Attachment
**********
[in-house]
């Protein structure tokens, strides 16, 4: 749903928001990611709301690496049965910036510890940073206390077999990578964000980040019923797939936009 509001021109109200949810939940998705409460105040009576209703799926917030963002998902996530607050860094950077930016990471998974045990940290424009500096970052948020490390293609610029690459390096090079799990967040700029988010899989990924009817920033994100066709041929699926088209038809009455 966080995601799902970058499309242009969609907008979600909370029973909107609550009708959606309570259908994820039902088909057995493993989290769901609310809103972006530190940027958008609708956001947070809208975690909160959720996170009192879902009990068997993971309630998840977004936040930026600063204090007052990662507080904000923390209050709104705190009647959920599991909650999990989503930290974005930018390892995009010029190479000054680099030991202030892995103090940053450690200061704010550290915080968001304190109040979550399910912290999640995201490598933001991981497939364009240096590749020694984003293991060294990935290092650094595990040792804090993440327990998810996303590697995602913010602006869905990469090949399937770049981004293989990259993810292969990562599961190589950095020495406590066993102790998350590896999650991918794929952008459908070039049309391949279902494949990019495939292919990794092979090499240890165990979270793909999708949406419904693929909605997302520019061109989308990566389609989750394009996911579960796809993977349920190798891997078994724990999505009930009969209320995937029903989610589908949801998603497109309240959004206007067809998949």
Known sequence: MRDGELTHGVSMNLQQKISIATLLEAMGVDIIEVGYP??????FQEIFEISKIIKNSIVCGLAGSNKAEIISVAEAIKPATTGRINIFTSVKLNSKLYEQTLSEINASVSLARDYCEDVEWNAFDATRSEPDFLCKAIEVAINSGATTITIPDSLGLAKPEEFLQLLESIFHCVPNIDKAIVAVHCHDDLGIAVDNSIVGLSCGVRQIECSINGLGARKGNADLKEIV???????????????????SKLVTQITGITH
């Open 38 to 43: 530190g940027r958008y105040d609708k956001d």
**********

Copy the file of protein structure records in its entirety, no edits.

[in-house]
């Protein structure tokens, strides 16, 4: 749903928001990611709301690496049965910036510890940073206390077999990578964000980040019923797939936009 509001021109109200949810939940998705409460105040009576209703799926917030963002998902996530607050860094950077930016990471998974045990940290424009500096970052948020490390293609610029690459390096090079799990967040700029988010899989990924009817920033994100066709041929699926088209038809009455 966080995601799902970058499309242009969609907008979600909370029973909107609550009708959606309570259908994820039902088909057995493993989290769901609310809103972006530190940027958008609708956001947070809208975690909160959720996170009192879902009990068997993971309630998840977004936040930026600063204090007052990662507080904000923390209050709104705190009647959920599991909650999990989503930290974005930018390892995009010029190479000054680099030991202030892995103090940053450690200061704010550290915080968001304190109040979550399910912290999640995201490598933001991981497939364009240096590749020694984003293991060294990935290092650094595990040792804090993440327990998810996303590697995602913010602006869905990469090949399937770049981004293989990259993810292969990562599961190589950095020495406590066993102790998350590896999650991918794929952008459908070039049309391949279902494949990019495939292919990794092979090499240890165990979270793909999708949406419904693929909605997302520019061109989308990566389609989750394009996911579960796809993977349920190798891997078994724990999505009930009969209320995937029903989610589908949801998603497109309240959004206007067809998949």
Known sequence: MRDGELTHGVSMNLQQKISIATLLEAMGVDIIEVGYP??????FQEIFEISKIIKNSIVCGLAGSNKAEIISVAEAIKPATTGRINIFTSVKLNSKLYEQTLSEINASVSLARDYCEDVEWNAFDATRSEPDFLCKAIEVAINSGATTITIPDSLGLAKPEEFLQLLESIFHCVPNIDKAIVAVHCHDDLGIAVDNSIVGLSCGVRQIECSINGLGARKGNADLKEIV???????????????????SKLVTQITGITH
């Open 38 to 43: 530190g940027r958008y105040d609708k956001d």